At one time or another, you may have inadvertently quicked a horse's hoof from trimming with the hoof knife or driving a nail. If this happens, you of course want to remedy the situation. James Randall of Sumerduck, Va., has been shoeing for more than 45 years. he finds that how you treat it is influenced by where you are located and what type of foot you are working on.
For example, if a New England farrier who is working during a frigid winter bruises a foot with a knife and the sole bleeds, it can often be halted with a hot shoe or a product like Quick Stop. If the sole isn't touching the shoe surface, the situation usually will improve. "If you cut the whole foot too short, a leather pad and some packing will fix the problem," he recommends.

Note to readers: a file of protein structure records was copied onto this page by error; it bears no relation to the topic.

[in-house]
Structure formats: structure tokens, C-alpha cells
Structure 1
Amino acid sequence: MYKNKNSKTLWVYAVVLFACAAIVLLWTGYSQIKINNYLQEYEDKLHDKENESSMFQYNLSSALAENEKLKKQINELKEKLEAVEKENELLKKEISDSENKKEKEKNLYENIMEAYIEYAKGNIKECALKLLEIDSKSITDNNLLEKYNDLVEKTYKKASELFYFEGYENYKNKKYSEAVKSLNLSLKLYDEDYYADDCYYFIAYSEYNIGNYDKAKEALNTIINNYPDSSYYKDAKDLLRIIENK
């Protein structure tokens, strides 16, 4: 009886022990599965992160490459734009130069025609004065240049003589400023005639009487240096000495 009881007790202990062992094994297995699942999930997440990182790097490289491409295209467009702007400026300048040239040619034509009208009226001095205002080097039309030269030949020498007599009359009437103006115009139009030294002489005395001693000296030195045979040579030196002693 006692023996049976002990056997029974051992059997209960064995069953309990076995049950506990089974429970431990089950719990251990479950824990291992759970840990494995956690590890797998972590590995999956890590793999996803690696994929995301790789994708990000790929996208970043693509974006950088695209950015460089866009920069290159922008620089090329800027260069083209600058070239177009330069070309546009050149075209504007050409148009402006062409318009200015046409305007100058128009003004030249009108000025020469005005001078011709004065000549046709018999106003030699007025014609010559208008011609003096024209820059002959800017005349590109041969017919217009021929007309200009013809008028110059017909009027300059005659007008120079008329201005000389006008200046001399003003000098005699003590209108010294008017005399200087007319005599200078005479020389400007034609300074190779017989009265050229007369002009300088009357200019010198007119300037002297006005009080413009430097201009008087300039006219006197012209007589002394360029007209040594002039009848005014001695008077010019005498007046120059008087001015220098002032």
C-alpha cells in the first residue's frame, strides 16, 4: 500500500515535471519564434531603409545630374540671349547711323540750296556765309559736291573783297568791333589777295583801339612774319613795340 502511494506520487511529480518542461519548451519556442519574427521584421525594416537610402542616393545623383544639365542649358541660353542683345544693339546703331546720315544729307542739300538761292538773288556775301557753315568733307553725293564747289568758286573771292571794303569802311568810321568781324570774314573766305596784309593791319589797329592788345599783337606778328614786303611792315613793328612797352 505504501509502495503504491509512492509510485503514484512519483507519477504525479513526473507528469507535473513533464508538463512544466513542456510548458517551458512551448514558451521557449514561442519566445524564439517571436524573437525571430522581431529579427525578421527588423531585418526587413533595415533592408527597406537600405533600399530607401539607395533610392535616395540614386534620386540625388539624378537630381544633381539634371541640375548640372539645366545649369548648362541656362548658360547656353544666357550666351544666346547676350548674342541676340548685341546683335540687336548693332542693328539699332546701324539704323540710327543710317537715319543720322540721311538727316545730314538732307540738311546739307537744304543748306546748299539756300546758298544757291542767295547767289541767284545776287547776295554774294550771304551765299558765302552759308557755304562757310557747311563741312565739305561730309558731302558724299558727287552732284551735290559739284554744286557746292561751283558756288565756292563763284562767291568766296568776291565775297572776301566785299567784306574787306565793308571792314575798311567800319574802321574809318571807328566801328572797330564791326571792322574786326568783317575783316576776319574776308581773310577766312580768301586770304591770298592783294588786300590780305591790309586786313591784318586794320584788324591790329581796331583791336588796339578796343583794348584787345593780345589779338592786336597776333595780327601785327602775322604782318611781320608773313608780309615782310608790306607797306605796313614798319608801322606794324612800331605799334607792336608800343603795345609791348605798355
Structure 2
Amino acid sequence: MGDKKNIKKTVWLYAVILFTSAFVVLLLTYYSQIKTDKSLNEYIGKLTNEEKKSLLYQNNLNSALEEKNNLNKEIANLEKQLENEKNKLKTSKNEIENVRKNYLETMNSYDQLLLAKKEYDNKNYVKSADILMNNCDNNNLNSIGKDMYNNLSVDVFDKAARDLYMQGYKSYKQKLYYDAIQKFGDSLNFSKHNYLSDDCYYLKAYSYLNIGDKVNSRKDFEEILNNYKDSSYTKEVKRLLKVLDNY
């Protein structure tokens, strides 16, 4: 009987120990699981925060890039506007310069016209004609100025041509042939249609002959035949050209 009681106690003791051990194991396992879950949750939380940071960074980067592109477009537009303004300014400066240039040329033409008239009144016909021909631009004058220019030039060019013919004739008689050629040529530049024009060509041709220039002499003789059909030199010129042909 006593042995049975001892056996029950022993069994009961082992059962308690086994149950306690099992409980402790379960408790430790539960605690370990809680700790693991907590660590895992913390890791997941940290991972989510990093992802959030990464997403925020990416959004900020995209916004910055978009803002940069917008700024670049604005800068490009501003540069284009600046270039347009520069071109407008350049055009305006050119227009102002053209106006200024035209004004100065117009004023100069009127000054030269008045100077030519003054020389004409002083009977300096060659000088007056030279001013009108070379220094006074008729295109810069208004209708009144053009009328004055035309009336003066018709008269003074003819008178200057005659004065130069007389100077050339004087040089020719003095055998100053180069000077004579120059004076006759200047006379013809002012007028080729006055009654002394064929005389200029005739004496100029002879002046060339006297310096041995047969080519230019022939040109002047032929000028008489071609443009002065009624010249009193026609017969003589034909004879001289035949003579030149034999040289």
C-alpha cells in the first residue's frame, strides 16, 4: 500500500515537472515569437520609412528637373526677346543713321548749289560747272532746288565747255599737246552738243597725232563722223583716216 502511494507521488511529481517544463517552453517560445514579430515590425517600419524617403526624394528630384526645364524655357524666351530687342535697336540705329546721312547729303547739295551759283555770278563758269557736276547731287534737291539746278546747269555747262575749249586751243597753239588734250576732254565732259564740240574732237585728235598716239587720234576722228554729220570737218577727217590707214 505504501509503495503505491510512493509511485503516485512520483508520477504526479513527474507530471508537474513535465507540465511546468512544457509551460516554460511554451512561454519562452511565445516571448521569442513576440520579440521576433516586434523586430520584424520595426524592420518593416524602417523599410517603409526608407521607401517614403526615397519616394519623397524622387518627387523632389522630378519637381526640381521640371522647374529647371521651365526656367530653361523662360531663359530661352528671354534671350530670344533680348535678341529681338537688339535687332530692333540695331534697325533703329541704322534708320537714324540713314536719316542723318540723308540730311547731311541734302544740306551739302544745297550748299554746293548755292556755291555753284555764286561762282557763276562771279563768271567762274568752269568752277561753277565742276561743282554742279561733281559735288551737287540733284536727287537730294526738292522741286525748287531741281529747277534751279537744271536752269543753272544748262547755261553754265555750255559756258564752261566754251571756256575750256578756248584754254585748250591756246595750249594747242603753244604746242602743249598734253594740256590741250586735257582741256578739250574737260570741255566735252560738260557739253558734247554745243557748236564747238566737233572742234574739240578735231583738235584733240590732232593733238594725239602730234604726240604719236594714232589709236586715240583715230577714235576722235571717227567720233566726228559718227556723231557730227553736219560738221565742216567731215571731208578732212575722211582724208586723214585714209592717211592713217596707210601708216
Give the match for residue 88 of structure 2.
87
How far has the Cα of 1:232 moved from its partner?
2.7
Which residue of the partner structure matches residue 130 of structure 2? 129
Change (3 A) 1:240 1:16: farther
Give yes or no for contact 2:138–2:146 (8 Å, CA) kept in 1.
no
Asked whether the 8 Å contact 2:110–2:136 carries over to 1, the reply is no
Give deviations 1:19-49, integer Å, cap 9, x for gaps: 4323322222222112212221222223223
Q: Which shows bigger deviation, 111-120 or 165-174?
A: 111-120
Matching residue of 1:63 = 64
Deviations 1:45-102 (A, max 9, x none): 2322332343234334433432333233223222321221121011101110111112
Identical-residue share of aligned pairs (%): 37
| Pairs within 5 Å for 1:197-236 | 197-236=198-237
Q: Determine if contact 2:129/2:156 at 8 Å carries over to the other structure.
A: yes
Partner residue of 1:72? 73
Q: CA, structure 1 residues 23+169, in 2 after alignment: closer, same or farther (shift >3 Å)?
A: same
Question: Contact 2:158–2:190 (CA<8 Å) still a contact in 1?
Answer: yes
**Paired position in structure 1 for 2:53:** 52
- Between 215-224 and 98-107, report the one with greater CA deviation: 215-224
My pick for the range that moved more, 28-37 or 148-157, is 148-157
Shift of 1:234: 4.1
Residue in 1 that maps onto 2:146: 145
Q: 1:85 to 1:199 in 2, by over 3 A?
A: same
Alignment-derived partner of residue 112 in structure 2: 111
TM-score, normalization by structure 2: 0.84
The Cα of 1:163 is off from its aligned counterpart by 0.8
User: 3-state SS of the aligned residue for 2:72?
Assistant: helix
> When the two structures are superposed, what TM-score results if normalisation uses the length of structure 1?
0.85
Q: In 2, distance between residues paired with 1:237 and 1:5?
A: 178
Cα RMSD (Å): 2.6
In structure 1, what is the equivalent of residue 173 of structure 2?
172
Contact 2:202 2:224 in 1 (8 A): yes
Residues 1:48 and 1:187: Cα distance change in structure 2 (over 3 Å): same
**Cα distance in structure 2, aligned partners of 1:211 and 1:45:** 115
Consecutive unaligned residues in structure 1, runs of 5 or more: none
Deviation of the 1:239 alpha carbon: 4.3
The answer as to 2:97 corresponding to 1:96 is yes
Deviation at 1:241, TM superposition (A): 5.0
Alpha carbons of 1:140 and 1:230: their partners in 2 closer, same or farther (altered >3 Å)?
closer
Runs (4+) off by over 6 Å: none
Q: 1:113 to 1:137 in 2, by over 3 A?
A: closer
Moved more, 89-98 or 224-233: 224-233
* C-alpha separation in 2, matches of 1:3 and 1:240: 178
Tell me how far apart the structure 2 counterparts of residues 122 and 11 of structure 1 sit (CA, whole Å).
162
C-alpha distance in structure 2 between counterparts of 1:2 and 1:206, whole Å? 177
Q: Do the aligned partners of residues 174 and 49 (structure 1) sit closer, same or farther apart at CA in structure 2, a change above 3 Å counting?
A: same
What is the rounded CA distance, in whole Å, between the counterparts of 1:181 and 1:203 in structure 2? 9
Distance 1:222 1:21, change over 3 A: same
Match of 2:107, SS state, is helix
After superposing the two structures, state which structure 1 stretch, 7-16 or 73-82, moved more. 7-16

He finds that it becomes a bigger problem if the farrier lives in a warm, moist climate like his area of Virginia, the problem can often worsen. He reasons that the increased opportunity for bacterial growth creates a higher risk for dangers like infection. "In this case, you must medicate the foot with iodine and put a pad on with iodine-soaked cotton over the bruise. In most cases this will stop an abscess from forming," he recommends.
For more input on quicked feet from farriers, check out the January/February issue of American Farriers Journal.